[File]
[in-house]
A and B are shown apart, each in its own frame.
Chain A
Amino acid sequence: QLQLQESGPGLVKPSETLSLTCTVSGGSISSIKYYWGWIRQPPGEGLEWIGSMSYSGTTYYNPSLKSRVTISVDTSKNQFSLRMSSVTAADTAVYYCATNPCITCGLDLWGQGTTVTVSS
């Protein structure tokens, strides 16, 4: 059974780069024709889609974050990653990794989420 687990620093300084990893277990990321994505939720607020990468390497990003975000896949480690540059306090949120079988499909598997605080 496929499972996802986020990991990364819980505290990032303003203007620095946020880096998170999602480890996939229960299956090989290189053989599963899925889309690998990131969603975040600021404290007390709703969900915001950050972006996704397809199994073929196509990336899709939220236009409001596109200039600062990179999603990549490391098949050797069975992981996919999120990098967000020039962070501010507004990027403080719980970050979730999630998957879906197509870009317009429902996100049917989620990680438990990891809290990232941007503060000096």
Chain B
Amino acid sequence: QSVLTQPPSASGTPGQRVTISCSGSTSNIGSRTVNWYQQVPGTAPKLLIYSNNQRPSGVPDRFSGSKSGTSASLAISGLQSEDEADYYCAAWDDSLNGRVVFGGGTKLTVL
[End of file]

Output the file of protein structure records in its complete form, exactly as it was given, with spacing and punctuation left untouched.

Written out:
[in-house]
A and B are shown apart, each in its own frame.
Chain A
Amino acid sequence: QLQLQESGPGLVKPSETLSLTCTVSGGSISSIKYYWGWIRQPPGEGLEWIGSMSYSGTTYYNPSLKSRVTISVDTSKNQFSLRMSSVTAADTAVYYCATNPCITCGLDLWGQGTTVTVSS
């Protein structure tokens, strides 16, 4: 059974780069024709889609974050990653990794989420 687990620093300084990893277990990321994505939720607020990468390497990003975000896949480690540059306090949120079988499909598997605080 496929499972996802986020990991990364819980505290990032303003203007620095946020880096998170999602480890996939229960299956090989290189053989599963899925889309690998990131969603975040600021404290007390709703969900915001950050972006996704397809199994073929196509990336899709939220236009409001596109200039600062990179999603990549490391098949050797069975992981996919999120990098967000020039962070501010507004990027403080719980970050979730999630998957879906197509870009317009429902996100049917989620990680438990990891809290990232941007503060000096």
Chain B
Amino acid sequence: QSVLTQPPSASGTPGQRVTISCSGSTSNIGSRTVNWYQQVPGTAPKLLIYSNNQRPSGVPDRFSGSKSGTSASLAISGLQSEDEADYYCAAWDDSLNGRVVFGGGTKLTVL